'Alien Megastructure' Theory Collapses in a Cloud of Dust

Something is intermittently obscuring light from the ‘most mysterious star in the universe’ – but not, it seems, a planet-sized artifact made by aliens orbiting Tabby’s Star

Ruth Schuster
Ruth Schuster
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A hypothetical uneven ring of dust orbiting KIC 8462852, also known as Boyajian's Star or Tabby's Star: Illustration
A hypothetical uneven ring of dust orbiting KIC 8462852, also known as Boyajian's Star or Tabby's Star: IllustrationCredit: NASA/JPL-Caltech
Ruth Schuster
Ruth Schuster

The “most mysterious star in the universe” just lost some of its cachet after scientists decided that the anomalies observed in “Tabby’s Star” are likely not caused by a gigantic alien artifact orbiting the star and intermittently blocking its light.

Tabby’s Star is really named KIC 8462852, but thankfully it was nicknamed after Tabetha Boyajian, an assistant professor at Louisiana State University. It’s about 50 percent bigger than our sun and, say the scientists, 1,000 degrees hotter. There is nothing whatsoever remarkable about it, say astronomers, except that it dimmed and brightened sporadically, like no other star.

One theory to explain the anomalies in emission patterns was that aliens had built a vast megastructure that orbits the star. They would have had to build the structure over 1,000 years ago, since that’s how long it takes rays from Tabby’s Star to reach Earth.

The snag is that there is zero evidence that aliens exist, while other theories are possible that could explain the star’s unusual patterns, based on things we do know exist. Such as, the remains of a shattered planet, a cluster of comets, and more.

Anyway, it’s probably the tenuous alien connection that persuaded more than 1,700 people to donate $100,000-plus to a Kickstarter campaign to fund watching Tabby’s Star through telescopes.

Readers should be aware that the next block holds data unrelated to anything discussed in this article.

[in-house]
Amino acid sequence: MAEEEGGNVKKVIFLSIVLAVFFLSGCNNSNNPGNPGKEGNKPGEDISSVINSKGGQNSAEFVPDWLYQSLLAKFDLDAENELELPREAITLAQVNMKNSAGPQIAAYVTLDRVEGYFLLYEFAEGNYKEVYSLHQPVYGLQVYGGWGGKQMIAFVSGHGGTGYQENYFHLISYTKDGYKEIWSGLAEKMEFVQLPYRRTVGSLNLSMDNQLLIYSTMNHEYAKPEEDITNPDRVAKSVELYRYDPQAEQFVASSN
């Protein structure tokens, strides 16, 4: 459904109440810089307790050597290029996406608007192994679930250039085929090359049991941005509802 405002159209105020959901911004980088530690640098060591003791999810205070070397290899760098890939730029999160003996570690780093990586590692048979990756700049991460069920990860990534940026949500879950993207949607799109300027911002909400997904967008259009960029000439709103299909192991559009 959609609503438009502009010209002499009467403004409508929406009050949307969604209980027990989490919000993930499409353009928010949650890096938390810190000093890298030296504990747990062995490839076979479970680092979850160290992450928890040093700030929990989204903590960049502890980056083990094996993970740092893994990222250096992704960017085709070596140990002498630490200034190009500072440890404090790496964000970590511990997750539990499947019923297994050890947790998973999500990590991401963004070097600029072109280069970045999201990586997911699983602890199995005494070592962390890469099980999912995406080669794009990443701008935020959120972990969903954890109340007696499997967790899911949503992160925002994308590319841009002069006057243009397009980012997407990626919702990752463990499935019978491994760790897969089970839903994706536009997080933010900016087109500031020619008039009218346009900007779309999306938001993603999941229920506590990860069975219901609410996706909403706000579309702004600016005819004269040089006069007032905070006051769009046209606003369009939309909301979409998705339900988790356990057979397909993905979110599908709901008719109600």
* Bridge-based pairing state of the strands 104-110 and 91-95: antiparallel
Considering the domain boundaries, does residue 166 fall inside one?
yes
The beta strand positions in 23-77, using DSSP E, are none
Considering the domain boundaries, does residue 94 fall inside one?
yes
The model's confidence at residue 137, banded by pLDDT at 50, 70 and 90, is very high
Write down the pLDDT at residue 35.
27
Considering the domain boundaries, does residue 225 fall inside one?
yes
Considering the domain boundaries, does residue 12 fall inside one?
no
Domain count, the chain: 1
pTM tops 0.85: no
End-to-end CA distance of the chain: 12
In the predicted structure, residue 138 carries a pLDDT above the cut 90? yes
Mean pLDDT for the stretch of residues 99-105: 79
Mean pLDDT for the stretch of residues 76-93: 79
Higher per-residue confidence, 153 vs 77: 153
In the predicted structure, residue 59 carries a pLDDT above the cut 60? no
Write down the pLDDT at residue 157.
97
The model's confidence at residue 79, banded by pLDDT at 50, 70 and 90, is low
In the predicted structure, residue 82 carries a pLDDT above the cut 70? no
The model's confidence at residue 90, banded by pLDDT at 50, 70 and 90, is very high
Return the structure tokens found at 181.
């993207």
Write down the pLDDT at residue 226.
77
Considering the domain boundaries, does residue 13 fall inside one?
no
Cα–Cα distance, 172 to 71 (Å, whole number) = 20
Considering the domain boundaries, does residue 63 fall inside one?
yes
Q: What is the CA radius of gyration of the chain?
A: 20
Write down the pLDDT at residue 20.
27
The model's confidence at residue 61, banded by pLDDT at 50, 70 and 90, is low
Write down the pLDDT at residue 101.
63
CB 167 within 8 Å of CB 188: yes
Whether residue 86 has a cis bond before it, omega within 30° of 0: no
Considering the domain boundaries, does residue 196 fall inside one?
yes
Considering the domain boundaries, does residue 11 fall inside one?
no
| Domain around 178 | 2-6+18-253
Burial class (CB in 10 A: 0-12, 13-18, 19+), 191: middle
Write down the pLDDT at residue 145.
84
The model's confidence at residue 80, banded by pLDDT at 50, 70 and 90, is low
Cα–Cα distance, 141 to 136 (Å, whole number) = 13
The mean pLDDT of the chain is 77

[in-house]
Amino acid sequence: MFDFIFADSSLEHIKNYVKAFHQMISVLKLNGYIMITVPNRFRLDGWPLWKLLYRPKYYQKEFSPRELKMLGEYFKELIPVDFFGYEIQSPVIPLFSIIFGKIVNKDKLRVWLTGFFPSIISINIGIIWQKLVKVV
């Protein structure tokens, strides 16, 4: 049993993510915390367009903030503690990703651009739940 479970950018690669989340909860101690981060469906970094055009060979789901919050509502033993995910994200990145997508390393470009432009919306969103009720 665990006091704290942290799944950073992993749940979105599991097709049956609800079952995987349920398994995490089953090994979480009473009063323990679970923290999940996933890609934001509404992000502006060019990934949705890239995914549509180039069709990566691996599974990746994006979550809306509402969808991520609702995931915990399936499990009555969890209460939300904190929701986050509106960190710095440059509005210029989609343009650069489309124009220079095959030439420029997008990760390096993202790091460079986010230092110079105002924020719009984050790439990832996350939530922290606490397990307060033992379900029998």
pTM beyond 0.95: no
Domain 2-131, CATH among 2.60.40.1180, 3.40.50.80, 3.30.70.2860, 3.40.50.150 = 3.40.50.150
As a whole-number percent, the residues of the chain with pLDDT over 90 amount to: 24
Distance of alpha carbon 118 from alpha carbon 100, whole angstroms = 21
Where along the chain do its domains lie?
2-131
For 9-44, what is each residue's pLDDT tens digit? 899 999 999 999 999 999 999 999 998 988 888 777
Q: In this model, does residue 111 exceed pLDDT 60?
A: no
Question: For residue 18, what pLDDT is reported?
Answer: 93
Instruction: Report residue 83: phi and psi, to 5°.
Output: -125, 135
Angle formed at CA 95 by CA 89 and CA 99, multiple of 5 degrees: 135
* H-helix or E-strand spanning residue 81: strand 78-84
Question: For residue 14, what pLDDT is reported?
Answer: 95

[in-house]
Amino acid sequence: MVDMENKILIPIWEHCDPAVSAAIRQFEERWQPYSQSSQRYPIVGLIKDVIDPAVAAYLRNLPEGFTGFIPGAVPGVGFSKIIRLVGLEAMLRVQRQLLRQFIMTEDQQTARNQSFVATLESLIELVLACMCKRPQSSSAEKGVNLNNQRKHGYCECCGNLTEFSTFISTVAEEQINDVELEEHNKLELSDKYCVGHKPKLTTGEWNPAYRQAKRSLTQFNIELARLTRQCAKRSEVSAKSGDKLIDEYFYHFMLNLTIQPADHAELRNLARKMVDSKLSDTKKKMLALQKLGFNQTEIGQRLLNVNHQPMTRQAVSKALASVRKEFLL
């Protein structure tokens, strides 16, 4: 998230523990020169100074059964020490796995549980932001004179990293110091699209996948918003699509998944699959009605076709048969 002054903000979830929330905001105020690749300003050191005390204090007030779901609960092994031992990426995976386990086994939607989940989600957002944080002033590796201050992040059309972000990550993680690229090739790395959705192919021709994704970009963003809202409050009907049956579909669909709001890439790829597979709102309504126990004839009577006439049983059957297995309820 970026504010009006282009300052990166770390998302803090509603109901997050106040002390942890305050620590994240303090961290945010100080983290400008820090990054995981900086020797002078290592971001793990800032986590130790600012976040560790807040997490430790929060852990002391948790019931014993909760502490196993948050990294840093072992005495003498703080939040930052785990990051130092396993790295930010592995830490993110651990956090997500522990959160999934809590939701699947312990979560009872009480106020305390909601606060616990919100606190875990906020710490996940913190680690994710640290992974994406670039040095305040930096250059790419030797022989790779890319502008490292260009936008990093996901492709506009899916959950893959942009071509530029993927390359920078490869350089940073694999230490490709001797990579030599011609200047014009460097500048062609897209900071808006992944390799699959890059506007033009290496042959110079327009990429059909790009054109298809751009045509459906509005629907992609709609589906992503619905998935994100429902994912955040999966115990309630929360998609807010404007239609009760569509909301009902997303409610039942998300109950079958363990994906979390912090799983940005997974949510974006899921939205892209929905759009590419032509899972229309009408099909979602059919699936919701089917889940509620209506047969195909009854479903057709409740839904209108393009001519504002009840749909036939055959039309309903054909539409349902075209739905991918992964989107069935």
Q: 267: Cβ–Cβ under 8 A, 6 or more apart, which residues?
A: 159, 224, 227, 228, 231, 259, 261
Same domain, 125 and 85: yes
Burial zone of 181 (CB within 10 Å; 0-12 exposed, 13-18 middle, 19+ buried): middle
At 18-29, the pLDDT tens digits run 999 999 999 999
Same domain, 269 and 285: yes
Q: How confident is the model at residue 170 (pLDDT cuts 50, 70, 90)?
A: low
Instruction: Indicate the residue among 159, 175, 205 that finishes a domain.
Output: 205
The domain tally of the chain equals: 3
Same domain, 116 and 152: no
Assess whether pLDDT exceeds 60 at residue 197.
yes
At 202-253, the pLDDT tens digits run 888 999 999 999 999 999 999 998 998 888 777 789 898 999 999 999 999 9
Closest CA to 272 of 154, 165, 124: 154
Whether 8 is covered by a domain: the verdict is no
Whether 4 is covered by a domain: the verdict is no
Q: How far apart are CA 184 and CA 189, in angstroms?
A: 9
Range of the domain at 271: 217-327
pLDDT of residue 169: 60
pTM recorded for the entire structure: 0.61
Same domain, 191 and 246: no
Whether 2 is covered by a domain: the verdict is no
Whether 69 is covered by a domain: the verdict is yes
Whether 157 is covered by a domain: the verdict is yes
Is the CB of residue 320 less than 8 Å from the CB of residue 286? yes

The result is reams of data, now published by Tabby Boyajian and the team in partnership with the Las Cumbres Observatory in the Astrophysical Journal Letters.

Based on the data, the team has downgraded the exotic alien artifact theory in favor of the humdrum postulation that they can’t see the light sometimes because of a dust cloud. It’s not unlike why Israelis sometimes can’t see the sun during the day because sand is blowing in from the Sahara.

“Dust is most likely the reason why the star’s light appears to dim and brighten,” explains Boyajian. “The new data shows that different colors of light are being blocked at different intensities. Therefore, whatever is passing between us and the star is not opaque, as would be expected from a planet or alien megastructure.”

Now you see Tabby’s anomaly, now you don’t

Citizen scientists called “Planet Hunters” were the ones who first noticed Tabby’s anomalies, while volunteering to help NASA by sifting through the mountains of data.

From March 2016 to December 2017, there were four distinct episodes when the star’s light dimmed. Given the opportunity to vote on names for the episodes, the crowdfunders named the first two Elsie and Celeste, and the last two Skara Brae and Angkor – names of lost cities in Scotland and Cambodia, respectively. (Why? Simply because, like those cities, this star is mysterious.)

The authors write that in many ways what is happening with the star is like these lost cities: they’re old and shrouded in mystery.

“They’re ancient; we are watching things that happened more than 1,000 years ago,” wrote the authors. “They’re almost certainly caused by something ordinary, at least on a cosmic scale. And yet that makes them more interesting, not less. But most of all, they’re mysterious.”

But it seems that if Tabby’s Star is shrouded in anything, it’s just dust.



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